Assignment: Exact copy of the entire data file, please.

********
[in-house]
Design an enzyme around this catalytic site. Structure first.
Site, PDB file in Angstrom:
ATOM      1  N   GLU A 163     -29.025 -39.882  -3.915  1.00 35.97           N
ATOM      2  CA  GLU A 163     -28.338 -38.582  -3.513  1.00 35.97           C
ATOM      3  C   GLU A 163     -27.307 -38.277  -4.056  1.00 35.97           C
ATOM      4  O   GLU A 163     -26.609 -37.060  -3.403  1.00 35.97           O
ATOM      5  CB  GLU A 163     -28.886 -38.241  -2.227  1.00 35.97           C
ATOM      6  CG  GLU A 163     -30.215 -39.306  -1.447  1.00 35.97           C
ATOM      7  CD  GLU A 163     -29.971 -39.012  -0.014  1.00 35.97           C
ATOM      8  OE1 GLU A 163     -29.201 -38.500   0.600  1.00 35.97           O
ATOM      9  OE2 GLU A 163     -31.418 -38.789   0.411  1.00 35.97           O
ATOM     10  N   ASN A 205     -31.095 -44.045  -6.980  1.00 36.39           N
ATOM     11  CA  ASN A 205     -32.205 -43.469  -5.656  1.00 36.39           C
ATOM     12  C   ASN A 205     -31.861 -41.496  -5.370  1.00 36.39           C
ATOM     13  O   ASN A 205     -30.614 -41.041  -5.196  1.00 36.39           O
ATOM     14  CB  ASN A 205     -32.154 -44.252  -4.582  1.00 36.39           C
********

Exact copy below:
[in-house]
Design an enzyme around this catalytic site. Structure first.
Site, PDB file in Angstrom:
ATOM      1  N   GLU A 163     -29.025 -39.882  -3.915  1.00 35.97           N
ATOM      2  CA  GLU A 163     -28.338 -38.582  -3.513  1.00 35.97           C
ATOM      3  C   GLU A 163     -27.307 -38.277  -4.056  1.00 35.97           C
ATOM      4  O   GLU A 163     -26.609 -37.060  -3.403  1.00 35.97           O
ATOM      5  CB  GLU A 163     -28.886 -38.241  -2.227  1.00 35.97           C
ATOM      6  CG  GLU A 163     -30.215 -39.306  -1.447  1.00 35.97           C
ATOM      7  CD  GLU A 163     -29.971 -39.012  -0.014  1.00 35.97           C
ATOM      8  OE1 GLU A 163     -29.201 -38.500   0.600  1.00 35.97           O
ATOM      9  OE2 GLU A 163     -31.418 -38.789   0.411  1.00 35.97           O
ATOM     10  N   ASN A 205     -31.095 -44.045  -6.980  1.00 36.39           N
ATOM     11  CA  ASN A 205     -32.205 -43.469  -5.656  1.00 36.39           C
ATOM     12  C   ASN A 205     -31.861 -41.496  -5.370  1.00 36.39           C
ATOM     13  O   ASN A 205     -30.614 -41.041  -5.196  1.00 36.39           O
ATOM     14  CB  ASN A 205     -32.154 -44.252  -4.582  1.00 36.39           C